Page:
The St. Patrick Catholic Church in Galveston
Galveston and Nicolas Clayton
St. Patrick's Catholic Church in Galveston is an attraction worth visiting if only to see the beautiful architecture. The tall Gothic spire of the church is an impressive sight on the Island City of Galveston.
It is another one of noted architect Nicolas J. Clayton's designs, of which he had more than a passing interest. He was a parishioner of this parish.
Nicolas Clayton was a native of Ireland who came to America with his widowed mother back in the early 1840s. Saint Patrick probably meant something special to him, as it does to many people living in Ireland who are now Christian due to the efforts long ago of St. Patrick and his followers who also taught about Christianity.
There are numerous churches on the island of Galveston—more than 50. They are of all denominations, plus, there are also two synagogues.
The number of people residing in Galveston is approximately 50,457, according to the World Population Review as of 2020. One can tell from these statistics that "Galvestonians" do love their places of worship!
Historically Significant Church
This beautiful church is one of sixty Galveston island buildings that have historical significance. A Texas Historical Commission plaque at this church states the following:
"ST. PATRICK CATHOLIC CHURCH
Galveston Bishop C.M. Dubuis established this parish in 1870 to serve Catholics in Galveston Island's fast-growing west end district. A wood sanctuary was built at this site and the mostly Irish congregation named the church for St. Patrick, the Patron Saint of Ireland.
The Rev. Laurence Glynn arrived in 1871, a few days after storms had destroyed the sanctuary. He rallied the congregation and by 1877 an impressive Gothic structure, designed by noted architect and church member Nicholas J. Clayton, was completed. A parish school was established in the 1880's.
After the storm of 1900, the U.S. Corps of Engineers mandated that Galveston Island be elevated, and between 1905 and 1907 the massive St. Patrick church building was lifted five feet onto a new foundation.
Two mission churches were founded by St. Patrick Church. Our Lady of Guadalupe Church became its own parish in 1927, and Queen of Peach Church continued as a mission of St. Patrick Church. In the late 1980's the parish elementary schools were consolidated. The school facilities at St. Patrick were converted for parish offices, religious education, and social events. The congregation continues its traditional role as a leading Catholic institution for Galveston Island."
History of Saint Patrick
Speculation persists to this day as to the actual birth date or even death of St. Patrick. Most people celebrate his time of passing as March 17th. That is also the day celebrated around the world both in religious as well as secular fashion as Saint Patrick’s Day.
Stories are told of his being captured at a young age (around 16) by Irish raiders who then enslaved the boy. He then worked herding animals for about six years before he escaped and returned to his family back in Great Britain. He entered the church and became an ordained bishop.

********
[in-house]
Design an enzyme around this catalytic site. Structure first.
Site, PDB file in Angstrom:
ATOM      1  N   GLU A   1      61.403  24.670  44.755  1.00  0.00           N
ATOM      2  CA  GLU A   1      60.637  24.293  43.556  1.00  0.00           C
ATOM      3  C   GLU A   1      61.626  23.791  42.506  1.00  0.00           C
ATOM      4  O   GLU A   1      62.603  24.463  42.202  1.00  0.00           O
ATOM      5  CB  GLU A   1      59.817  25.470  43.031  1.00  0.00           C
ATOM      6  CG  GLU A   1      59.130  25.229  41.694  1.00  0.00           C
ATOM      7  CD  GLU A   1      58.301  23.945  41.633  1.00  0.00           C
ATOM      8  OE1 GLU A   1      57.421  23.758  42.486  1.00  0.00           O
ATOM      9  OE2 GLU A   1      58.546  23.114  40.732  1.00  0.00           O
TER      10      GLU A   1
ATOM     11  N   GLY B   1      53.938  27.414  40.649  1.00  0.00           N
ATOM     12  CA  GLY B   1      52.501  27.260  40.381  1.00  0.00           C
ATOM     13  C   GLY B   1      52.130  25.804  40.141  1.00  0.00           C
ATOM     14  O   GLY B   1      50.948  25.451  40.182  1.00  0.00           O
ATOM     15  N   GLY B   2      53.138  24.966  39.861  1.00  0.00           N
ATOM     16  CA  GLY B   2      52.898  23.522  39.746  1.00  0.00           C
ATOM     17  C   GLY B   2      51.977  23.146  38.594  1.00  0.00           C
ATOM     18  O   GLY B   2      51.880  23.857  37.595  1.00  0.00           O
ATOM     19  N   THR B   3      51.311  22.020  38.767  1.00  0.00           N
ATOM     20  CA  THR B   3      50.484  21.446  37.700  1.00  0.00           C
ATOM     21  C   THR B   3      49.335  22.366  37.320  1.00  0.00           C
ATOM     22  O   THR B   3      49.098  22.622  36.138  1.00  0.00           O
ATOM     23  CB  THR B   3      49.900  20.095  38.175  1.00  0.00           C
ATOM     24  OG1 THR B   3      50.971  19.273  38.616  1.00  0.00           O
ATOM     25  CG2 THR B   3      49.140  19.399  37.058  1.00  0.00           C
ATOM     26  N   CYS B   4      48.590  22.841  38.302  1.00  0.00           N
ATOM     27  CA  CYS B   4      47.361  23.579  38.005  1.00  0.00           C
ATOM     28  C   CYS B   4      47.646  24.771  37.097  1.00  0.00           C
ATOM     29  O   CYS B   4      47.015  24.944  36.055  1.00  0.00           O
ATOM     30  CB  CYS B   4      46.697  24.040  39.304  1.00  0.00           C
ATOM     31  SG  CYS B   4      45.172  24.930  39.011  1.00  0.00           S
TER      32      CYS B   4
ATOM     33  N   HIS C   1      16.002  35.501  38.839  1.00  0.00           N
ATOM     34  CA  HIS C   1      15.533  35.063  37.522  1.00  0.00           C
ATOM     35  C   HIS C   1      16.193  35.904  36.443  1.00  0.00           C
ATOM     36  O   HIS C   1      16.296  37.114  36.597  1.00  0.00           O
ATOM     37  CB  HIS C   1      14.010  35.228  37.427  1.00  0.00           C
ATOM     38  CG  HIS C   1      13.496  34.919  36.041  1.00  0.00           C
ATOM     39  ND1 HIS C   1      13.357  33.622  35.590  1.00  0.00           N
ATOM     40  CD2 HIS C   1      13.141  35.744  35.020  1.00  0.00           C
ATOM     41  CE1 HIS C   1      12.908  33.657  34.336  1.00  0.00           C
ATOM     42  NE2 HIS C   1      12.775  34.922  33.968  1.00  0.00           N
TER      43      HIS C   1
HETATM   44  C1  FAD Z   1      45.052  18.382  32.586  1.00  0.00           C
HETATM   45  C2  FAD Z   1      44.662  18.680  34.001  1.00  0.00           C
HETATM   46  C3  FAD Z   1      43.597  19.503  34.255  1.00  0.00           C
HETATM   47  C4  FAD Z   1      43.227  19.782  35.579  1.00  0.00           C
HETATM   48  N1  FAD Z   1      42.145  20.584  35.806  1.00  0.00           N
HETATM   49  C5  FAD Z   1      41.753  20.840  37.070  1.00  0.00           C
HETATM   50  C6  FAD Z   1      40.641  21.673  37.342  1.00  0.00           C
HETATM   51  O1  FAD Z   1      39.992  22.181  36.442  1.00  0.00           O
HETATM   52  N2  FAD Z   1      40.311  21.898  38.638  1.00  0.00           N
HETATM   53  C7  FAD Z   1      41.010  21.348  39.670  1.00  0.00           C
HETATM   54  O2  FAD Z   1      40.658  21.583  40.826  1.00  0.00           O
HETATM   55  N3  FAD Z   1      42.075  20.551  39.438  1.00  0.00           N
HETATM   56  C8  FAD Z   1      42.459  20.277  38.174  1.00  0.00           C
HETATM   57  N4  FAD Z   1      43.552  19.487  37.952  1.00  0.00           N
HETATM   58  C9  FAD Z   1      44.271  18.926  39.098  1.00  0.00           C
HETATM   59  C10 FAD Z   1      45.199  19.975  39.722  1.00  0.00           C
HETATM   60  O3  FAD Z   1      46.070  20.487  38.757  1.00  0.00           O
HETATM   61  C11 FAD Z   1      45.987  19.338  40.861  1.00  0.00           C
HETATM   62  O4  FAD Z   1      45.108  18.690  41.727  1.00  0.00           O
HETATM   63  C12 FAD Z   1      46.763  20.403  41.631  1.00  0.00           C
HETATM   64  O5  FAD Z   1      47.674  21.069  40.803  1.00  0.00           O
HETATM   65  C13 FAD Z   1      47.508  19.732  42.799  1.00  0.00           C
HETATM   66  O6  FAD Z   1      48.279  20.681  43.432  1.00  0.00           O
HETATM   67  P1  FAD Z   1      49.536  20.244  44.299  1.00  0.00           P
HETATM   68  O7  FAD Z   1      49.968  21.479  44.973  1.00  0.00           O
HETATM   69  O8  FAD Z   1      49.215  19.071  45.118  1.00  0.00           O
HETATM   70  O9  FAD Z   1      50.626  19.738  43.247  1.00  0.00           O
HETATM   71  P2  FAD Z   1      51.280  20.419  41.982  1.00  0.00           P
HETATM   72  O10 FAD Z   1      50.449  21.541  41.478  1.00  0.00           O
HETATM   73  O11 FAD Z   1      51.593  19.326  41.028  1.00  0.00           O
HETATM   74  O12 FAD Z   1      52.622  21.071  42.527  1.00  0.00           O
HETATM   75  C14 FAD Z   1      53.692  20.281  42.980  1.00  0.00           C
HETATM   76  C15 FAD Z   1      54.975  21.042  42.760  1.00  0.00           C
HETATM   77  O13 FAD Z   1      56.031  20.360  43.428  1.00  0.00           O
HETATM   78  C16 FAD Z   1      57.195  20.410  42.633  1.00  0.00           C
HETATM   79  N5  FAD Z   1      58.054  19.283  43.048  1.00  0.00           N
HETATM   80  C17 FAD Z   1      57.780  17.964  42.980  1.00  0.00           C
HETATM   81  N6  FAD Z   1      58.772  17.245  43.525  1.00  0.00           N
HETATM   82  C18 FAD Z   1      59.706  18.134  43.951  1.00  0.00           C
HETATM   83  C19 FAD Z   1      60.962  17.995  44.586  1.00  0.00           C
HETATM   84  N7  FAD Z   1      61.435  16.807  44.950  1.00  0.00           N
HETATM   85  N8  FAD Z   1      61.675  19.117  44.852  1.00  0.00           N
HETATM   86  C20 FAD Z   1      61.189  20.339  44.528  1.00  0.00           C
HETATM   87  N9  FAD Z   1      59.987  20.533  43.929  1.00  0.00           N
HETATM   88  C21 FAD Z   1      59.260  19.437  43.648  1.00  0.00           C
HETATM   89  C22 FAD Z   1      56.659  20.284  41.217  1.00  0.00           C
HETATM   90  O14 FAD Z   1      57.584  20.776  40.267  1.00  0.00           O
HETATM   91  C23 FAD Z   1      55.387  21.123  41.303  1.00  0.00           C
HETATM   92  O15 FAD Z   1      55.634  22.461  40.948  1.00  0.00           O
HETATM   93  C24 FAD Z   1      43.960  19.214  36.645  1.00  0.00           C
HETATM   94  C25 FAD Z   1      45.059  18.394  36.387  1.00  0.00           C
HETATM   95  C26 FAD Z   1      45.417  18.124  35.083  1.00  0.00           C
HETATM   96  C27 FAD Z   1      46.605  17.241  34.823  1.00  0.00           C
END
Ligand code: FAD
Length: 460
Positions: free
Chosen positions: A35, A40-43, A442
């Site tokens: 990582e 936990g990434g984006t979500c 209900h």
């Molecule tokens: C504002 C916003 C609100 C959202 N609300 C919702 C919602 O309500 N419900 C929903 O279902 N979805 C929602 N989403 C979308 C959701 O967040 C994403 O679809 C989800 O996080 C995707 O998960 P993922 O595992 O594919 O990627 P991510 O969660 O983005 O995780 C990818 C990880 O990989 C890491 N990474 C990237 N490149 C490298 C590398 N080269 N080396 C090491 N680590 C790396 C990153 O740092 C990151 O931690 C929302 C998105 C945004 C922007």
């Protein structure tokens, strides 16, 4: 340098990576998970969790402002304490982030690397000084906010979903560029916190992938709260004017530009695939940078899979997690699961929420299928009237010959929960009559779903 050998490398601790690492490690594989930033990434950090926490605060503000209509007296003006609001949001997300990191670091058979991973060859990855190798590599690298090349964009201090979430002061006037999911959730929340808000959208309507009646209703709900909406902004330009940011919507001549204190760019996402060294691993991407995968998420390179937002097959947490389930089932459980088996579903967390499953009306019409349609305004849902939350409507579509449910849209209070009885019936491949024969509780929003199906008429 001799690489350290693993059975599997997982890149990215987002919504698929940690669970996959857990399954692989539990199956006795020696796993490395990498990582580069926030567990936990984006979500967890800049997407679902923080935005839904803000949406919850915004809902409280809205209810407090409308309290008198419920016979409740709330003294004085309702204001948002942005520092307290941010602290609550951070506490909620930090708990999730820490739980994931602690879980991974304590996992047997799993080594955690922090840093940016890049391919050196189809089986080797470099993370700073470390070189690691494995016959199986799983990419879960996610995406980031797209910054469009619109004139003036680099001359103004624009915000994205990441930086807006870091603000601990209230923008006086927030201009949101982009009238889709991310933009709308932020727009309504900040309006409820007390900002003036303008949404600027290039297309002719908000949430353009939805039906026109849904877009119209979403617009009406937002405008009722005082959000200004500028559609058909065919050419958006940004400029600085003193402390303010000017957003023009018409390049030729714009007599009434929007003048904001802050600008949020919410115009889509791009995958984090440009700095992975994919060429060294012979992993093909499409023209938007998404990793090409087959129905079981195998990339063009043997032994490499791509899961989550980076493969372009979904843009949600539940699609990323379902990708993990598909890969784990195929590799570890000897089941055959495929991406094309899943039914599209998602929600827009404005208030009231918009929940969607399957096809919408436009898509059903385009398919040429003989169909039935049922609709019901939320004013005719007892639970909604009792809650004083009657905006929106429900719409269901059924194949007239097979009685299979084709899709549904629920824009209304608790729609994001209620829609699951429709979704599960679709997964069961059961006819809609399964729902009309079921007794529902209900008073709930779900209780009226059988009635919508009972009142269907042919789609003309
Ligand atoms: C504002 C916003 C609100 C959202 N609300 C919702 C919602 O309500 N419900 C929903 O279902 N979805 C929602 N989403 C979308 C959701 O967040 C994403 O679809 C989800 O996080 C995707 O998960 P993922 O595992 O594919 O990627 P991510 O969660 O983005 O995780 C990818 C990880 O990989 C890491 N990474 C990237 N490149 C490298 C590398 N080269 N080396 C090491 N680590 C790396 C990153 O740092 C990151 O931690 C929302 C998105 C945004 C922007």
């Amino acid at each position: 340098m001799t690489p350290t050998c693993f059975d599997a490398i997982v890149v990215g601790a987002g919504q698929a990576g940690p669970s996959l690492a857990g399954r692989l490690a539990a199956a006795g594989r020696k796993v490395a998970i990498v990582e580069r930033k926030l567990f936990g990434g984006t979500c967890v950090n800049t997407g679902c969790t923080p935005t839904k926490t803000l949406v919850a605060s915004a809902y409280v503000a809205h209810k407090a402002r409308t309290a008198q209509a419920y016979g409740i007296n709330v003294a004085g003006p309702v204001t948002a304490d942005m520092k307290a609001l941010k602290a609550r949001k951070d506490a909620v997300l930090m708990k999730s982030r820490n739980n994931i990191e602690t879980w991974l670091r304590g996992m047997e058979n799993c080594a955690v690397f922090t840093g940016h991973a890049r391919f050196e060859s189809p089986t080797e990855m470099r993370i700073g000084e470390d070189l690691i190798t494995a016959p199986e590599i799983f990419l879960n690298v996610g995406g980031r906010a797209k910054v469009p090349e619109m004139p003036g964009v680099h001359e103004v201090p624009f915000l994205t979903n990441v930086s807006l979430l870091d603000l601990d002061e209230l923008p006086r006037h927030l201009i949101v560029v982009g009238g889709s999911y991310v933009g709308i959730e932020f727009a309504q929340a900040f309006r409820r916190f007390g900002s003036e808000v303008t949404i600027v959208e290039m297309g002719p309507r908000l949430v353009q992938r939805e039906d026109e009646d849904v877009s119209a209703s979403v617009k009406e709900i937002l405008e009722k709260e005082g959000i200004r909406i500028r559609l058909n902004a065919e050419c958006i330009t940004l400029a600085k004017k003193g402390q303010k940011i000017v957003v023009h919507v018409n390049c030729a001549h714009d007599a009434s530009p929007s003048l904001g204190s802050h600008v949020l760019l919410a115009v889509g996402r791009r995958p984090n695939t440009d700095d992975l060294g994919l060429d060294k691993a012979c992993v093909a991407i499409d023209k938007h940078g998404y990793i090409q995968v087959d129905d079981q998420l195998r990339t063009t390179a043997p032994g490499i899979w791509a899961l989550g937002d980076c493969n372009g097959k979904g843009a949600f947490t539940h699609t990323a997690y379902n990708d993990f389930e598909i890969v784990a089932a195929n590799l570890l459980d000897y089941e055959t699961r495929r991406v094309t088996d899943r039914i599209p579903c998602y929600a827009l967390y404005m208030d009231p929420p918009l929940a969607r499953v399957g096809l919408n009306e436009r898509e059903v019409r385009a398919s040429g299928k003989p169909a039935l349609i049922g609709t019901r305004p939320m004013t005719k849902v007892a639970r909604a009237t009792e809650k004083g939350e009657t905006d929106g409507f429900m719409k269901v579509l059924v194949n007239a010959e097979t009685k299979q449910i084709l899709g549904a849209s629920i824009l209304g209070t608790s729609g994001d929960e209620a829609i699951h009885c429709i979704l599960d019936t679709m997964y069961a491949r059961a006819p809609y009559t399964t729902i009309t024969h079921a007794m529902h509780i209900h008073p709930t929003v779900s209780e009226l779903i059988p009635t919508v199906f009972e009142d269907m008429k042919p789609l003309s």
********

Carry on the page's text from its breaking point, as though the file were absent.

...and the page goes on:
Returning to Ireland, he was active in doing missionary work in the latter part of the 5th century, converting thousands of converts to the Christian faith. Many churches were built, and he is supposedly buried at Down Cathedral in Downpatrick, County Down. Even that is not a certainty.
Only two letters are authenticated as having been authored by St. Patrick, and those were not dated but can place him as to the approximate dates by other points of reference.
Legend Attributed to Saint Patrick
How many of us have heard the myth that St. Patrick drove all of the snakes out of Ireland? Some stories seem to take on a life of their own, whether based on fact or myth.
According to many different accounts, there have never been any snakes in Ireland. So much for that legend! It probably has as much credence as stories about leprechauns.
Shamrocks and the Holy Trinity
Shamrocks and the color green are often associated with St. Patrick. It makes sense that any three-leafed plants could have sufficed when teaching the belief of the Holy Trinity. God the Father, God the Son, and God the Holy Ghost are all the same God. So it is with clover or shamrock…the three leaves are separate but all connected as one entity.
How this translates to staining rivers green or pouring and drinking green-colored beer when celebrating St. Patrick’s day as often happens is a stretch. As pointed out earlier, St. Patrick’s day has become just another secular holiday for many people with little or no religious significance. Of course, for others, this is a saint who is dearly loved and revered.
Whether you follow the Catholic religion or not, be sure and stop by if visiting Galveston to admire this magnificent architecture. And if you care to attend a religious service, the doors will be wide open and welcoming!
St. Patrick Catholic Church is located at 1010 35th Street, Galveston, Texas 77550.
This content is accurate and true to the best of the author’s knowledge and is not meant to substitute for formal and individualized advice from a qualified professional.
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© 2020 Peggy Woods